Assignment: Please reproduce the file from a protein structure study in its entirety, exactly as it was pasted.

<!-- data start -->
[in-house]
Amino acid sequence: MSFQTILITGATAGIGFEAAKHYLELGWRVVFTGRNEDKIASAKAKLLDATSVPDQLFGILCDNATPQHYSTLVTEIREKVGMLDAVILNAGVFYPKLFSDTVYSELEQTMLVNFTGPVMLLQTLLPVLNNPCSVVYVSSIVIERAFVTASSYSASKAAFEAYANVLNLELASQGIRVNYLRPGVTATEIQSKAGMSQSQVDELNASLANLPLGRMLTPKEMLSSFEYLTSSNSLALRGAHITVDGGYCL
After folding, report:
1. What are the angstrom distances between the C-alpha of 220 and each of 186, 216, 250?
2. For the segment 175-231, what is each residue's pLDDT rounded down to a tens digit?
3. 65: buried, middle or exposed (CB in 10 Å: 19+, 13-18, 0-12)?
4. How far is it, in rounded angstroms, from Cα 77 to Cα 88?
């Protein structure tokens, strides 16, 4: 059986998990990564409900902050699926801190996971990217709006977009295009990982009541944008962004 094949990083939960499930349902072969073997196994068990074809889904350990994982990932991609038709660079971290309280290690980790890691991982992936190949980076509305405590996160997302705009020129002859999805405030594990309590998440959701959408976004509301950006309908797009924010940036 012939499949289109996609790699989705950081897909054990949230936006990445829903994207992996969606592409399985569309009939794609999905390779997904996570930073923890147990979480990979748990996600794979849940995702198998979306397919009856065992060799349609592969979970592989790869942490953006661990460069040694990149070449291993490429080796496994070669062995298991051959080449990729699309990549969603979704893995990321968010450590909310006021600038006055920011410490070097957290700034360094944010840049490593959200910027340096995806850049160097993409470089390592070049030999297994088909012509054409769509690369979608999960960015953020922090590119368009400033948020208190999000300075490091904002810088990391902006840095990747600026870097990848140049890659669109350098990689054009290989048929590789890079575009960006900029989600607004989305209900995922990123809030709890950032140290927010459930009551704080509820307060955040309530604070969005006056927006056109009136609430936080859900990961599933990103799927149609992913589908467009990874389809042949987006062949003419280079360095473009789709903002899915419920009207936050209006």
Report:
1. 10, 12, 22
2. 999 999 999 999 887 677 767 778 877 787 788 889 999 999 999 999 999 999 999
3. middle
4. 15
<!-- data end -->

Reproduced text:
[in-house]
Amino acid sequence: MSFQTILITGATAGIGFEAAKHYLELGWRVVFTGRNEDKIASAKAKLLDATSVPDQLFGILCDNATPQHYSTLVTEIREKVGMLDAVILNAGVFYPKLFSDTVYSELEQTMLVNFTGPVMLLQTLLPVLNNPCSVVYVSSIVIERAFVTASSYSASKAAFEAYANVLNLELASQGIRVNYLRPGVTATEIQSKAGMSQSQVDELNASLANLPLGRMLTPKEMLSSFEYLTSSNSLALRGAHITVDGGYCL
After folding, report:
1. What are the angstrom distances between the C-alpha of 220 and each of 186, 216, 250?
2. For the segment 175-231, what is each residue's pLDDT rounded down to a tens digit?
3. 65: buried, middle or exposed (CB in 10 Å: 19+, 13-18, 0-12)?
4. How far is it, in rounded angstroms, from Cα 77 to Cα 88?
């Protein structure tokens, strides 16, 4: 059986998990990564409900902050699926801190996971990217709006977009295009990982009541944008962004 094949990083939960499930349902072969073997196994068990074809889904350990994982990932991609038709660079971290309280290690980790890691991982992936190949980076509305405590996160997302705009020129002859999805405030594990309590998440959701959408976004509301950006309908797009924010940036 012939499949289109996609790699989705950081897909054990949230936006990445829903994207992996969606592409399985569309009939794609999905390779997904996570930073923890147990979480990979748990996600794979849940995702198998979306397919009856065992060799349609592969979970592989790869942490953006661990460069040694990149070449291993490429080796496994070669062995298991051959080449990729699309990549969603979704893995990321968010450590909310006021600038006055920011410490070097957290700034360094944010840049490593959200910027340096995806850049160097993409470089390592070049030999297994088909012509054409769509690369979608999960960015953020922090590119368009400033948020208190999000300075490091904002810088990391902006840095990747600026870097990848140049890659669109350098990689054009290989048929590789890079575009960006900029989600607004989305209900995922990123809030709890950032140290927010459930009551704080509820307060955040309530604070969005006056927006056109009136609430936080859900990961599933990103799927149609992913589908467009990874389809042949987006062949003419280079360095473009789709903002899915419920009207936050209006």
Report:
1. 10, 12, 22
2. 999 999 999 999 887 677 767 778 877 787 788 889 999 999 999 999 999 999 999
3. middle
4. 15